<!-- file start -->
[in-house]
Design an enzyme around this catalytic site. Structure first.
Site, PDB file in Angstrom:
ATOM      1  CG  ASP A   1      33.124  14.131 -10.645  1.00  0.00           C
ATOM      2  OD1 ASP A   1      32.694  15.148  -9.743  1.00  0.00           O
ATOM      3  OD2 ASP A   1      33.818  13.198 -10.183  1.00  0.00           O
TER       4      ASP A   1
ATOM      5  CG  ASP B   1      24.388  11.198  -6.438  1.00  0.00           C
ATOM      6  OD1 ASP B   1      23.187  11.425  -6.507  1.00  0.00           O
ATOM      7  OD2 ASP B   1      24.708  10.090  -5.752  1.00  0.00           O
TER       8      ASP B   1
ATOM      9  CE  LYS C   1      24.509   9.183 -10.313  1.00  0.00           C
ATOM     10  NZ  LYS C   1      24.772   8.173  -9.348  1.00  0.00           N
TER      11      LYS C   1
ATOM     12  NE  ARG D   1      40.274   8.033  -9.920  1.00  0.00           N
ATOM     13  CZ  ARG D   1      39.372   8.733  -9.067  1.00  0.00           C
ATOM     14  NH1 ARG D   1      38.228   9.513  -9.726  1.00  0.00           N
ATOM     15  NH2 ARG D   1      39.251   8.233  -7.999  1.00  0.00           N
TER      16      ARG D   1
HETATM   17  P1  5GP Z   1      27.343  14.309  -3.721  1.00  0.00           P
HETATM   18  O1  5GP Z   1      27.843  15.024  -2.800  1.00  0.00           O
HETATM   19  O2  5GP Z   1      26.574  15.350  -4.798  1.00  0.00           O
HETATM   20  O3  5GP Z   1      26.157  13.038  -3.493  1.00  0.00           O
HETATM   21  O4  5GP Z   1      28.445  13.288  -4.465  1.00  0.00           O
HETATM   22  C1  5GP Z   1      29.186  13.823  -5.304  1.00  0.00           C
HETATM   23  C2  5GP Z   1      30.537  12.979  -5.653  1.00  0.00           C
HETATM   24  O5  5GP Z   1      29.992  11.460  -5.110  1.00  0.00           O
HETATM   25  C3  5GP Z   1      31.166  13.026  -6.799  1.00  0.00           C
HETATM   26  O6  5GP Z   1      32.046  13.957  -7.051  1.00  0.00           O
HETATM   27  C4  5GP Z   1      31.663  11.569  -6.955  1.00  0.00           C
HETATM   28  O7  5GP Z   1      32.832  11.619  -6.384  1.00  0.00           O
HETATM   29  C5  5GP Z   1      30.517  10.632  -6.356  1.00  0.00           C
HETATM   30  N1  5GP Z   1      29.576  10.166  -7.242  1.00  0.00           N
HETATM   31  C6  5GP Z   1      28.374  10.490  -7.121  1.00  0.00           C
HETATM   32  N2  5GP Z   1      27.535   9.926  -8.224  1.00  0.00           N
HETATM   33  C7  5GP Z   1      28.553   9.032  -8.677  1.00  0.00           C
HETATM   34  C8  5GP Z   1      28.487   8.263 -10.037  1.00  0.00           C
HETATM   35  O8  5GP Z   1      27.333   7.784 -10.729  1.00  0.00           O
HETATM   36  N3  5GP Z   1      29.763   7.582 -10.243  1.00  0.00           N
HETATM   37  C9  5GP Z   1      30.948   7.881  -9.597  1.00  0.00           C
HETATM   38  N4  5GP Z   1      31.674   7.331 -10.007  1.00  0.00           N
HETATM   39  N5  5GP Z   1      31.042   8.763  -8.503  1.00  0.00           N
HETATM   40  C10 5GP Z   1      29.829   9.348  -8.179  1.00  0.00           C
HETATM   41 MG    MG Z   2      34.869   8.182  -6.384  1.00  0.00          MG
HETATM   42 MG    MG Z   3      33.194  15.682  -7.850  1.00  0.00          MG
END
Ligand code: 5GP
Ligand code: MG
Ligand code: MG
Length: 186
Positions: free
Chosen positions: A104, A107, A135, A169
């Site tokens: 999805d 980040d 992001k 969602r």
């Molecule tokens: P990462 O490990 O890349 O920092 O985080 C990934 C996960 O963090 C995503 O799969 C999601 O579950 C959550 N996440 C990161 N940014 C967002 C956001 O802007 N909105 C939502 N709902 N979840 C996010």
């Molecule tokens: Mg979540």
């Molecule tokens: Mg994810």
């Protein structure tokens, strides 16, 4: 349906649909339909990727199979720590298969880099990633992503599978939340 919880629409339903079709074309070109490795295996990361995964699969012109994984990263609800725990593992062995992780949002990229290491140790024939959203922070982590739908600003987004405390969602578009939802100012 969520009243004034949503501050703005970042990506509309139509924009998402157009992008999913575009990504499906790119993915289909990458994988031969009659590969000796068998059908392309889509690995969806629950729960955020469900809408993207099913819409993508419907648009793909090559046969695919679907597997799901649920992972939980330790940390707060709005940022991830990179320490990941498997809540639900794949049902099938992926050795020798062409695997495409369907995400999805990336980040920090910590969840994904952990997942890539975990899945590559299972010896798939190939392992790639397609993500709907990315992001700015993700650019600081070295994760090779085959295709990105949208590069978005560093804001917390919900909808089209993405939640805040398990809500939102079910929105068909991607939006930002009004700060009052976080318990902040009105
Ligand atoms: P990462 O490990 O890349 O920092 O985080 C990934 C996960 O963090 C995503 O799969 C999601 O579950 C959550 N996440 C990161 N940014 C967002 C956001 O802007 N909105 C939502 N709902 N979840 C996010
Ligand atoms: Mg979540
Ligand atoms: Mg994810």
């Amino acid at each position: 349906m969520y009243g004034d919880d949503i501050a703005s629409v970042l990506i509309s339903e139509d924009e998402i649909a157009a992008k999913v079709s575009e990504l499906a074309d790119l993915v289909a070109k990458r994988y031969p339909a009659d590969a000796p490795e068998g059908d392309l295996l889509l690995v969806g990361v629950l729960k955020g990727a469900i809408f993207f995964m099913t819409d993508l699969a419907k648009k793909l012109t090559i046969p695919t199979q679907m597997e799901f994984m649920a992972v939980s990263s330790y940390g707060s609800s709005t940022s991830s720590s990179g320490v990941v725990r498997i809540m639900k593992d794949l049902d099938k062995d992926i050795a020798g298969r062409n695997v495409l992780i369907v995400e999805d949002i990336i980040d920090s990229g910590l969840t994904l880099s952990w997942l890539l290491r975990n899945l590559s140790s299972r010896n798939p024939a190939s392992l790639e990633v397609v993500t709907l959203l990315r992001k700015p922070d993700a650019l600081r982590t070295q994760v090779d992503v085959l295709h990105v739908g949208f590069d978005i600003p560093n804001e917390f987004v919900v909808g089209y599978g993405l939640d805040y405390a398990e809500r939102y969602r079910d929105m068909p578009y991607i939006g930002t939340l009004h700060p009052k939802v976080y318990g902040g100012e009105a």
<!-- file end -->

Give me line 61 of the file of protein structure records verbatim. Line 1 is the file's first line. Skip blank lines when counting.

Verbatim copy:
């Amino acid at each position: 349906m969520y009243g004034d919880d949503i501050a703005s629409v970042l990506i509309s339903e139509d924009e998402i649909a157009a992008k999913v079709s575009e990504l499906a074309d790119l993915v289909a070109k990458r994988y031969p339909a009659d590969a000796p490795e068998g059908d392309l295996l889509l690995v969806g990361v629950l729960k955020g990727a469900i809408f993207f995964m099913t819409d993508l699969a419907k648009k793909l012109t090559i046969p695919t199979q679907m597997e799901f994984m649920a992972v939980s990263s330790y940390g707060s609800s709005t940022s991830s720590s990179g320490v990941v725990r498997i809540m639900k593992d794949l049902d099938k062995d992926i050795a020798g298969r062409n695997v495409l992780i369907v995400e999805d949002i990336i980040d920090s990229g910590l969840t994904l880099s952990w997942l890539l290491r975990n899945l590559s140790s299972r010896n798939p024939a190939s392992l790639e990633v397609v993500t709907l959203l990315r992001k700015p922070d993700a650019l600081r982590t070295q994760v090779d992503v085959l295709h990105v739908g949208f590069d978005i600003p560093n804001e917390f987004v919900v909808g089209y599978g993405l939640d805040y405390a398990e809500r939102y969602r079910d929105m068909p578009y991607i939006g930002t939340l009004h700060p009052k939802v976080y318990g902040g100012e009105a």